Among those age 65 and older, diabetes mellitus is listed as the number 6 leading cause of death. It is a major contributor to heart disease, the number 1 killer, and reduces life expectancy, on average, by 10 to 15 years. The incidence of diabetes, almost all type 2 or adult onset diabetes has risen 33% since 1990, paralleling the rise in the nation's rates of obesity. Half of all patients with diabetes do not yet know it, and each day, approximately 2,200 new cases of diabetes are diagnosed in this country. Older adults with diabetes are hospitalized two to three times more often then the general population and use primary care services two to three times more often than non-diabetics.

Diabetes - known medically as diabetes mellitus starts out as a disease of the pancreas. During digestion, your body breaks down carbohydrates from foods such as bread, rice, pasta, vegetables, fruit and milk products into different sugar molecules. One of these sugar molecules is glucose, the main source of fuel for your body.
Glucose, commonly called blood sugar is absorbed directly into your bloodstream after you eat, but it can't enter your cells without the help of insulin - a hormone normally secreted by your pancreas, an organ located behind your stomach.

To understand why insulin is important, it helps to know more about how the body uses food for energy. Your body is made up of millions of cells. To make energy, these cells need food in a very simple form. When you eat or drink, much of your food is broken down into a simple sugar called glucose. Glucose ("sugar") provides the energy your body needs for daily activities.

Normally, glucose is able to enter your cells because of the action of insulin. Your bloodstream transports glucose both from where it is taken into the body after eating (the intestines) and where it is manufactured (in the liver) to the cells where it will be used (muscles, brain, etc.) or stored (in the liver) or converted to fat (also in the liver).

When blood glucose levels rise, they signal tiny cells (beta cells) in your pancreas to release insulin. The insulin acts like a key to unlock microscopic doors that allow glucose to enter the appropriate cells. This lowers the amount of glucose in your bloodstream and prevents it from reaching dangerously high levels. As your blood sugar level drops, so does the secretion of insulin from your pancreas.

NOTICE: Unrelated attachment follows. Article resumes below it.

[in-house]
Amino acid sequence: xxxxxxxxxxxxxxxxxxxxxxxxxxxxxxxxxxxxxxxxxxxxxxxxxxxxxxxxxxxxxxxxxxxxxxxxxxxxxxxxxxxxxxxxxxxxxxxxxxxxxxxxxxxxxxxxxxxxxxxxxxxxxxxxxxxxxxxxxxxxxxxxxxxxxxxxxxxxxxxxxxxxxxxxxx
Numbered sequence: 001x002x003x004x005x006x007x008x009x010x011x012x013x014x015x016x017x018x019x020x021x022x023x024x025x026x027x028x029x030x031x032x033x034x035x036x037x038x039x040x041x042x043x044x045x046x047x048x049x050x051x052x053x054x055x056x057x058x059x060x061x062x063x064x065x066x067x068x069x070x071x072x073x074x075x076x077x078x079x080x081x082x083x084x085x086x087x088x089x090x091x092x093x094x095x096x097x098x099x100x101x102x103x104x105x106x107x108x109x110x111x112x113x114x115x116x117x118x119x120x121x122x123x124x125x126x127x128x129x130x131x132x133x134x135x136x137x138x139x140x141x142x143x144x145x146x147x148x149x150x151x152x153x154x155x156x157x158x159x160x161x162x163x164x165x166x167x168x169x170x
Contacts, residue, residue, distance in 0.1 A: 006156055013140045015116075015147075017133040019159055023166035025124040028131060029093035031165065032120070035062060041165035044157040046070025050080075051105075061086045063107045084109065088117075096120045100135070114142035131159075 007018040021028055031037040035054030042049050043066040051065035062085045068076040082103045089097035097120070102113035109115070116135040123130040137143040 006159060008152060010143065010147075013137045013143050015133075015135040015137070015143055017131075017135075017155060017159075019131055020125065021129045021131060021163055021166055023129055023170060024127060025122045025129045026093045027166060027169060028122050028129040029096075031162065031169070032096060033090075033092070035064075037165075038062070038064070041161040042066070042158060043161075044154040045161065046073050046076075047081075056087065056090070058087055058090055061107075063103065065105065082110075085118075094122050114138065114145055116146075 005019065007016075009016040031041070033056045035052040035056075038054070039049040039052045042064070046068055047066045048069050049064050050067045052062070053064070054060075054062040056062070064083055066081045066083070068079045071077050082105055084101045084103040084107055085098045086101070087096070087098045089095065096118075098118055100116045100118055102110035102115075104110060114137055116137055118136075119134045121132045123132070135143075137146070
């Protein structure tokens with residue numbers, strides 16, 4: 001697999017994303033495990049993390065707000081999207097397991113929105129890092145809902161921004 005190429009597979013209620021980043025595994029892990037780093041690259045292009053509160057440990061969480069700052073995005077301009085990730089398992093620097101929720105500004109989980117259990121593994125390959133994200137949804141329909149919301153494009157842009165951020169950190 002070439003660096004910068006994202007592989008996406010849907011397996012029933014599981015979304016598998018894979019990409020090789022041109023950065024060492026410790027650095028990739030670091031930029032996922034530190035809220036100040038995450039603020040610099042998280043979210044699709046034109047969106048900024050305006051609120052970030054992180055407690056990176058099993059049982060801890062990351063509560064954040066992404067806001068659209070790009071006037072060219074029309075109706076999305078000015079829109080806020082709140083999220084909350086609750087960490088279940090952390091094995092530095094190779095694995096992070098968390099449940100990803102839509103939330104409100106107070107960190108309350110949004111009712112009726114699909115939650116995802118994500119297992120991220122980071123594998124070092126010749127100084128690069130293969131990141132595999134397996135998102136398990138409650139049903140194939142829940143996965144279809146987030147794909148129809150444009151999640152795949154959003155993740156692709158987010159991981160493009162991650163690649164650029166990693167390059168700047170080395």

At the same time, your liver stores any excess glucose in the form of glycogen. When insulin levels in your blood are low, your liver converts the stored glycogen into glucose and releases it into your bloodstream. When your pancreas is functioning normally, the amount of glucose in your blood fluctuates in response to a number of factors, including the type of food you eat, exercise, stress and infections. The complex relationship among insulin, glucose, your liver and other hormones ensures that your blood sugar stays within set limits.

But in diabetes mellitus, this process goes awry. Instead of being transported into your cells, too much glucose accumulates in your bloodstream, (called "high blood sugar") and eventually is excreted in your urine. This usually occurs either because your body doesn't produce enough insulin or because the cells don't respond to insulin properly.

More Americans have diabetes than ever before. The disease has grown by 8% to 17 million, based on updated U.S. census figures.

When the pancreas does not produce any insulin, or the pancreas produces very little insulin, or when the body does not respond appropriately to insulin, a condition called "insulin resistance."

The type of diabetes you have depends on the cause of the elevated blood glucose levels.

Type 1 diabetes. This form of diabetes develops when your pancreas makes little or no insulin. That's because your body's own immune system attacks your pancreas, destroying insulin-producing beta cells.